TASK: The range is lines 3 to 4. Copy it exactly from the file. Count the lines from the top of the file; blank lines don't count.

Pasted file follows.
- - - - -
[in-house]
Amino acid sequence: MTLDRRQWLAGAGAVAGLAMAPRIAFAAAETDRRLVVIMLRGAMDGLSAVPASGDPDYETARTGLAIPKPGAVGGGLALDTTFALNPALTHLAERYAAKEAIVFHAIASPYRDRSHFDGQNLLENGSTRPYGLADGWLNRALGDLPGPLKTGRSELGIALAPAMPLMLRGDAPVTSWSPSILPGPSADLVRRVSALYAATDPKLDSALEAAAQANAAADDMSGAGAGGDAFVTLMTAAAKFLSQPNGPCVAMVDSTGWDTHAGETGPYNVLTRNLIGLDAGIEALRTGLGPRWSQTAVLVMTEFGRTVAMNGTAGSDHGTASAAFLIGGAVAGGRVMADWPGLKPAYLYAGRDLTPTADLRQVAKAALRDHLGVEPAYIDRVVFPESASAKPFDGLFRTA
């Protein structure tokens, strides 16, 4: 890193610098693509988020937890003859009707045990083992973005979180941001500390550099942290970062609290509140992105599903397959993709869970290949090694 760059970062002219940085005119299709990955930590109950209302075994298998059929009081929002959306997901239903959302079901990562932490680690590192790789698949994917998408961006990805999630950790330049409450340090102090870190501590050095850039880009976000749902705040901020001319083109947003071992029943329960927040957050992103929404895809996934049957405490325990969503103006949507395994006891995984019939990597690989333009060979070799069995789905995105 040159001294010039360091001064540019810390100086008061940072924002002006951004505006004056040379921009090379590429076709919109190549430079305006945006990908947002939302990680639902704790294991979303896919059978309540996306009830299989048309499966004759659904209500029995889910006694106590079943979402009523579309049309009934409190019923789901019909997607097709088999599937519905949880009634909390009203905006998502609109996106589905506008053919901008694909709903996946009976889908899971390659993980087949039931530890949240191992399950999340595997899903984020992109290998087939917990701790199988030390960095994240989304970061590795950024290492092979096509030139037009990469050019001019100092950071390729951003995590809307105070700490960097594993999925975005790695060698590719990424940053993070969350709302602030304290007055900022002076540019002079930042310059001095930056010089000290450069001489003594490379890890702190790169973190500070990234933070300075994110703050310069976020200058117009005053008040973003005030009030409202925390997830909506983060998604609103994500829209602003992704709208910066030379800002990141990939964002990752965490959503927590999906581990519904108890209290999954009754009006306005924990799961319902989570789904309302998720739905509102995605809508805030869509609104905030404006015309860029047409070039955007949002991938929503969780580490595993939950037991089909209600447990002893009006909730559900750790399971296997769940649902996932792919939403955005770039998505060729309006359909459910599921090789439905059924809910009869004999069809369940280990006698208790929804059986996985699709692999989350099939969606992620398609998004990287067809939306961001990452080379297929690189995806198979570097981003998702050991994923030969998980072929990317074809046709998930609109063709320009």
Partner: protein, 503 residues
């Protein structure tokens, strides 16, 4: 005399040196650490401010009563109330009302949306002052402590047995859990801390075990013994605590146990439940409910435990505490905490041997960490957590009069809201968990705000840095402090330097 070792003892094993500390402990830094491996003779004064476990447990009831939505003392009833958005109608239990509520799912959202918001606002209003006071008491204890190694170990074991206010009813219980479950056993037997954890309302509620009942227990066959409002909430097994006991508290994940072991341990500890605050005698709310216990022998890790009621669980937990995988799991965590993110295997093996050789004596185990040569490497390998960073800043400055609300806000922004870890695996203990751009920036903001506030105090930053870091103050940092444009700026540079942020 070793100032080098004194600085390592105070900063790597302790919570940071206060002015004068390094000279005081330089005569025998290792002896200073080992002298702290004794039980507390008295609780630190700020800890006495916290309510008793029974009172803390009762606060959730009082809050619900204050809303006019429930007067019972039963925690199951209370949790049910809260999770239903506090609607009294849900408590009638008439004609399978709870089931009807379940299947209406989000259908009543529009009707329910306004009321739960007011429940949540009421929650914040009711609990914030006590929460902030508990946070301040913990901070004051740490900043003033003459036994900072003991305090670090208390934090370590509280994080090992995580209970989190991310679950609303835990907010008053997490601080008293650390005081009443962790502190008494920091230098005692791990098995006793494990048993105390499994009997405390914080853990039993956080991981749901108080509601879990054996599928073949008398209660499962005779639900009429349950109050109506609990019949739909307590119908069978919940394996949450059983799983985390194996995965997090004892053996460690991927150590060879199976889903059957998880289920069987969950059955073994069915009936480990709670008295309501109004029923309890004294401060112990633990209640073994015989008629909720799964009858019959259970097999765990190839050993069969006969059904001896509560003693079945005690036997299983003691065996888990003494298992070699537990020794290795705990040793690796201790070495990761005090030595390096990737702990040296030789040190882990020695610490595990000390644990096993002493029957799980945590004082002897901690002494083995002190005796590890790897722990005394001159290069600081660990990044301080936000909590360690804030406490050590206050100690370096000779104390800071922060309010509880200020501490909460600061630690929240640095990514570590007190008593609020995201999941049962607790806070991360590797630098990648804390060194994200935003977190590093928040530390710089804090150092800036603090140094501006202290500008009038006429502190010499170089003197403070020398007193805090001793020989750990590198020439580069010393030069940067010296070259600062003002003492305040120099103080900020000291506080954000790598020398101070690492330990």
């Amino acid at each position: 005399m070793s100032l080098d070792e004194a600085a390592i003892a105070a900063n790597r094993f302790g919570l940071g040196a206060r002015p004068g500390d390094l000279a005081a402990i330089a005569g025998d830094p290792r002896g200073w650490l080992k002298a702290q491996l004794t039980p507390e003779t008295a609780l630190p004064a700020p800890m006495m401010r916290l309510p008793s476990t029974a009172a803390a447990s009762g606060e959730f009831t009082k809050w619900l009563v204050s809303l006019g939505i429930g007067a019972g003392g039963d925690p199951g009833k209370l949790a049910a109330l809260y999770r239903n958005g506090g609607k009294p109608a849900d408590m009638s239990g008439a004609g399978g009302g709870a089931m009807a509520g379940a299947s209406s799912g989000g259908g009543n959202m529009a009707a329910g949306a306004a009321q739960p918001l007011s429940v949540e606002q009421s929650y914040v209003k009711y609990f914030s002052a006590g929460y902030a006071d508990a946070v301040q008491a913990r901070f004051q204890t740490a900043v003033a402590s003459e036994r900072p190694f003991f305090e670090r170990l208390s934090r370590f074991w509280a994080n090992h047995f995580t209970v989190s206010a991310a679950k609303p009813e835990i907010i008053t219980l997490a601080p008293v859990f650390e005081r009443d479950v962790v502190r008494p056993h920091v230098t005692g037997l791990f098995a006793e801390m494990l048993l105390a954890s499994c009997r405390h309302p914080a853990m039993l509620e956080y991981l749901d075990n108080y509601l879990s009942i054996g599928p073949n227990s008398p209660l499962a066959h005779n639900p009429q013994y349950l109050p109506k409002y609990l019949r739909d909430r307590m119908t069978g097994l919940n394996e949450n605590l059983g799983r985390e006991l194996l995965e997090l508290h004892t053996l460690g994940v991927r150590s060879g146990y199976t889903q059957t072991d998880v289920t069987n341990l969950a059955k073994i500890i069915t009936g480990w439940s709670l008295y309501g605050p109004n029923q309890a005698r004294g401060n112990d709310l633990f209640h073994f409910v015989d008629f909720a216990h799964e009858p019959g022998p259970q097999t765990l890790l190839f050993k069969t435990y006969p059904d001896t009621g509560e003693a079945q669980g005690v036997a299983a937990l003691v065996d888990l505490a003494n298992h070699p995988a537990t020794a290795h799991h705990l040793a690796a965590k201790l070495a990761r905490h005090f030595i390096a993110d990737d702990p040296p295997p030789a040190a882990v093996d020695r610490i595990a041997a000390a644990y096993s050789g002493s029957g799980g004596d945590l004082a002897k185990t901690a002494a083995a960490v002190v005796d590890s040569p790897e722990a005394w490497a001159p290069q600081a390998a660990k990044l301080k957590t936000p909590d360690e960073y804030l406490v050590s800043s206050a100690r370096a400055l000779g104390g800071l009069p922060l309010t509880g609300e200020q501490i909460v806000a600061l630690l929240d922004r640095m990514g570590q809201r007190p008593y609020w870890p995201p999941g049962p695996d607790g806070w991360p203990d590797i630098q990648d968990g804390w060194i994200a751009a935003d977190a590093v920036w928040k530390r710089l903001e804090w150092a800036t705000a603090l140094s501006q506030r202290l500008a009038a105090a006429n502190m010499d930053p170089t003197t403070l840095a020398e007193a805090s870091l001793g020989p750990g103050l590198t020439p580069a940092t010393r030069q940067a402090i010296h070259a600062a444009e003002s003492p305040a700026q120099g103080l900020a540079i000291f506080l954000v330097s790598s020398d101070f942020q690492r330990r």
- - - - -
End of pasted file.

């Protein structure tokens, strides 16, 4: 890193610098693509988020937890003859009707045990083992973005979180941001500390550099942290970062609290509140992105599903397959993709869970290949090694 760059970062002219940085005119299709990955930590109950209302075994298998059929009081929002959306997901239903959302079901990562932490680690590192790789698949994917998408961006990805999630950790330049409450340090102090870190501590050095850039880009976000749902705040901020001319083109947003071992029943329960927040957050992103929404895809996934049957405490325990969503103006949507395994006891995984019939990597690989333009060979070799069995789905995105 040159001294010039360091001064540019810390100086008061940072924002002006951004505006004056040379921009090379590429076709919109190549430079305006945006990908947002939302990680639902704790294991979303896919059978309540996306009830299989048309499966004759659904209500029995889910006694106590079943979402009523579309049309009934409190019923789901019909997607097709088999599937519905949880009634909390009203905006998502609109996106589905506008053919901008694909709903996946009976889908899971390659993980087949039931530890949240191992399950999340595997899903984020992109290998087939917990701790199988030390960095994240989304970061590795950024290492092979096509030139037009990469050019001019100092950071390729951003995590809307105070700490960097594993999925975005790695060698590719990424940053993070969350709302602030304290007055900022002076540019002079930042310059001095930056010089000290450069001489003594490379890890702190790169973190500070990234933070300075994110703050310069976020200058117009005053008040973003005030009030409202925390997830909506983060998604609103994500829209602003992704709208910066030379800002990141990939964002990752965490959503927590999906581990519904108890209290999954009754009006306005924990799961319902989570789904309302998720739905509102995605809508805030869509609104905030404006015309860029047409070039955007949002991938929503969780580490595993939950037991089909209600447990002893009006909730559900750790399971296997769940649902996932792919939403955005770039998505060729309006359909459910599921090789439905059924809910009869004999069809369940280990006698208790929804059986996985699709692999989350099939969606992620398609998004990287067809939306961001990452080379297929690189995806198979570097981003998702050991994923030969998980072929990317074809046709998930609109063709320009």
Partner: protein, 503 residues